Conductor shows how to make way for the music

March 05, 1994|By Stephen Wigler | Stephen Wigler,Music Critic

A continuing perplexity in the music business is why some careers enjoy unexplained success as others go relatively unnoticed. Why, for example, does one conductor with glaring technical deficiencies end up in Chicago; why does another who has yet to learn much of the standard repertory end up in Los Angeles; why has James Paul spent the last 12 seasons in Baton Rouge, La.?

Last night in Meyerhoff Haul, Paul -- the music director of the Baton Rouge Symphony -- gave a distinguished concert with the Baltimore Symphony. Paul is scarcely an unknown -- he has been guest conductor for several important U.S. orchestras -- but the level of his musicianship in Haydn's Symphony No. 92 ("Oxford") and Elgar's "Enigma" Variations suggested that he deserves a more than he has achieved.

Paul has a clear beat, a large vocabulary of expressive gestures, ideas and -- best of all -- an ability to stay out of the way of the music. At his best last night, this conductor was able to make music in such a way that artifice did not seem to play a part in the artistry.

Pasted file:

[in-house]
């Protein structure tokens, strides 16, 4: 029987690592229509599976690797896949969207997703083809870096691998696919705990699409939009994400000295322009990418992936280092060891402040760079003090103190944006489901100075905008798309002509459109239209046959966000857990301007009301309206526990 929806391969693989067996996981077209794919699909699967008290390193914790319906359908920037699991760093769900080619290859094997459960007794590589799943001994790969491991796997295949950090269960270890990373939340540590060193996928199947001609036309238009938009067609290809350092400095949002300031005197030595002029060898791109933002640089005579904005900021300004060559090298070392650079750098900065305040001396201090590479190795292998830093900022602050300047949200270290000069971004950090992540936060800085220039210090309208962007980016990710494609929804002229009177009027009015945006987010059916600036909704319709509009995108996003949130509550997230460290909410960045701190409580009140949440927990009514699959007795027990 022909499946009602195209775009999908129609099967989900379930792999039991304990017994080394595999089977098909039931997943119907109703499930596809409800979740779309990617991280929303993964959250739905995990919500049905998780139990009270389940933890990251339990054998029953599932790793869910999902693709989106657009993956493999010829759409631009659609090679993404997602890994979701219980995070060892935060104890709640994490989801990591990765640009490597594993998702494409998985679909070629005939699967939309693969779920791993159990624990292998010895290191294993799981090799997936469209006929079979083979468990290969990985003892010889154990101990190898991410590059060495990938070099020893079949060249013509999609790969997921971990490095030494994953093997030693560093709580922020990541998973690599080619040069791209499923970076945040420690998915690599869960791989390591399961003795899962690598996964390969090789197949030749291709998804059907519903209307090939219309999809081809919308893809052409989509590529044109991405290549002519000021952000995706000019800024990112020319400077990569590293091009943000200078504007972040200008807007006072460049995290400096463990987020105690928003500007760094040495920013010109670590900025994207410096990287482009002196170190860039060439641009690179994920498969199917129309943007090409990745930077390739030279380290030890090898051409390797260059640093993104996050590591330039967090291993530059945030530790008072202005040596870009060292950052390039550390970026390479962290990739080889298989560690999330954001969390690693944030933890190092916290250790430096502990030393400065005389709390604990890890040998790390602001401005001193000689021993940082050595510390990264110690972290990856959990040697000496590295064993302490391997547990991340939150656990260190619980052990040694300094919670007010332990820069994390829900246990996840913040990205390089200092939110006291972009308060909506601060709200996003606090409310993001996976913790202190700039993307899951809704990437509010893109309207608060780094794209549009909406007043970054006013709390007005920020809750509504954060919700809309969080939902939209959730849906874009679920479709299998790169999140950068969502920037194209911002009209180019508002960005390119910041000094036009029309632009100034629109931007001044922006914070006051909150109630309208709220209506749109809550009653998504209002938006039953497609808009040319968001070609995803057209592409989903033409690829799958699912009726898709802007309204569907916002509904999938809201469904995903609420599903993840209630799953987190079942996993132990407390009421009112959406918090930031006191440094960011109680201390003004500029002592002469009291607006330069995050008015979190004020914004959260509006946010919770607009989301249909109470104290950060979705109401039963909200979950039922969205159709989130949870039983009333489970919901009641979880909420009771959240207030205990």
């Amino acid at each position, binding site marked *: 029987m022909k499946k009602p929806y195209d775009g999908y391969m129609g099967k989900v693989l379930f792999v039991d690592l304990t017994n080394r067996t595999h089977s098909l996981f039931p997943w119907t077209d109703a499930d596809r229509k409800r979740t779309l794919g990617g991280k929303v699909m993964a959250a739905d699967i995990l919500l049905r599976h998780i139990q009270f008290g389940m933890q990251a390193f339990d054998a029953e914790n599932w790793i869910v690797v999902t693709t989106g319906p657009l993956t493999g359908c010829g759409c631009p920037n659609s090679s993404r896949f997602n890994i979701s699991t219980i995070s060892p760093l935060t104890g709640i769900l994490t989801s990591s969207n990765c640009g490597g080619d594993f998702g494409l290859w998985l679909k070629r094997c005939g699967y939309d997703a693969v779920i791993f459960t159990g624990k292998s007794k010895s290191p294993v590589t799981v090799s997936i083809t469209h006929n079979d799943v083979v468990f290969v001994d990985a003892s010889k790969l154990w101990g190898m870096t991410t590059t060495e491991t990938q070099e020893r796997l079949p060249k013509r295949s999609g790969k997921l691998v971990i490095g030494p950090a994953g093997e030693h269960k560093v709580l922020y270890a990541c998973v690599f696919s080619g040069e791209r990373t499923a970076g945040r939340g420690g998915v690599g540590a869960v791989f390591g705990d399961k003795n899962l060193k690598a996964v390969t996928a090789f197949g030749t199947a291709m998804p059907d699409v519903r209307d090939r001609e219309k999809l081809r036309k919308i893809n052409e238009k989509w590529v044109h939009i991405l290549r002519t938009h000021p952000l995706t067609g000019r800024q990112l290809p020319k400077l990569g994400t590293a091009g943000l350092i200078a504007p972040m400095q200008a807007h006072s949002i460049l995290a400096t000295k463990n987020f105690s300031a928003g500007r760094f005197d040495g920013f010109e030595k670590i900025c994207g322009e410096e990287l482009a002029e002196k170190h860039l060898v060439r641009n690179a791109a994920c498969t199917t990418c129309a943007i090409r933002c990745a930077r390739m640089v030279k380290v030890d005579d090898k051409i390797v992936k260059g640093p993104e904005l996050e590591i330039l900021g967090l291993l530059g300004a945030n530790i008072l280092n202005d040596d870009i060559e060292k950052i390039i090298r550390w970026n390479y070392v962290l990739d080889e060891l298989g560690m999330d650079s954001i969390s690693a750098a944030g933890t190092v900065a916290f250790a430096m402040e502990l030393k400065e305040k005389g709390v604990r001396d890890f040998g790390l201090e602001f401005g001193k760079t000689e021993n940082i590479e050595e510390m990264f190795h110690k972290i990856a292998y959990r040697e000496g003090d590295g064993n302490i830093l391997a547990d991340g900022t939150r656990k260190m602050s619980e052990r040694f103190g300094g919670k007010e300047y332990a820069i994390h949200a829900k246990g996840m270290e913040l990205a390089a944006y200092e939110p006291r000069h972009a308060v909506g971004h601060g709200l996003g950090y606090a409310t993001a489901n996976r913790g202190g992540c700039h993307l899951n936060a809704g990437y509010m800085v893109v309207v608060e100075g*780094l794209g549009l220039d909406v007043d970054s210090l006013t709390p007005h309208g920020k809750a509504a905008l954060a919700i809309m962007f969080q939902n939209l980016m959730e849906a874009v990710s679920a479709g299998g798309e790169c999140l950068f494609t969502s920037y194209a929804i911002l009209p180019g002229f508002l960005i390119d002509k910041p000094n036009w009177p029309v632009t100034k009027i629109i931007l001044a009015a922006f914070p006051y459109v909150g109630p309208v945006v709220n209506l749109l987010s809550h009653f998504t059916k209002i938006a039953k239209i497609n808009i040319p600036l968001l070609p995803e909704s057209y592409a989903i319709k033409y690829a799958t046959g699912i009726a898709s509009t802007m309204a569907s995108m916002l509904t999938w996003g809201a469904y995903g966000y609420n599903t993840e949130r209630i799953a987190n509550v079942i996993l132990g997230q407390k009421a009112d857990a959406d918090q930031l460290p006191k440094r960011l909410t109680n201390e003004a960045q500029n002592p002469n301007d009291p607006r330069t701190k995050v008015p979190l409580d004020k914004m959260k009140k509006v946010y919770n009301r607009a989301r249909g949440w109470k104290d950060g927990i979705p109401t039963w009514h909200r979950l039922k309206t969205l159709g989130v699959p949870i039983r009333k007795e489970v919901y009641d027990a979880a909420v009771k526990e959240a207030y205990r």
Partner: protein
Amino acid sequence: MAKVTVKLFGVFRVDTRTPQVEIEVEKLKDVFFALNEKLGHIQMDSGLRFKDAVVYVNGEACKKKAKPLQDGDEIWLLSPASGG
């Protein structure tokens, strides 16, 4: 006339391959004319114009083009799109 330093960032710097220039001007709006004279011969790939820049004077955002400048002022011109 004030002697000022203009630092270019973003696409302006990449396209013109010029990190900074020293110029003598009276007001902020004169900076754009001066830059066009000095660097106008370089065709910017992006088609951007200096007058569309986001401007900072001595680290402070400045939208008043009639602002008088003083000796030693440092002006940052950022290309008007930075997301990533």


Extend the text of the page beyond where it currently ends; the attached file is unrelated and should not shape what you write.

In Haydn's "Oxford" Symphony, Paul and the BSO gave a performance that was both robust and elegant; the slow movements were beautifully shaped without sounding affected; and the wily composer's tricks and surprises, particularly in the dancing finale, were allowed to emerge spontaneously.

Elgar's "Enigma" Variations was as impressive. There was plenty of personality without a sense of the conductor's personality intruding. This warm, powerful and fervent interpretation unfolded naturally, developing momentum along the way so that the burst of joy in the finale sounded inevitable instead of inflated. The playing of the orchestra -- as in the Haydn -- was beautiful, with expressive solos contributed by principal cellist Mihaly Virizlay, principal violist Richard Fields and principal clarinetist Steven Barta.

The evening's soloist in Bruch's G Minor Concerto was the young Canadian violinist Cerovsek. There was an occasional tendency to play with more intensity and a wirier sound than needed. But this was technically impressive playing that had a quality of emotional fearlessness. He's a musician who plays as if music was a matter of life and death.

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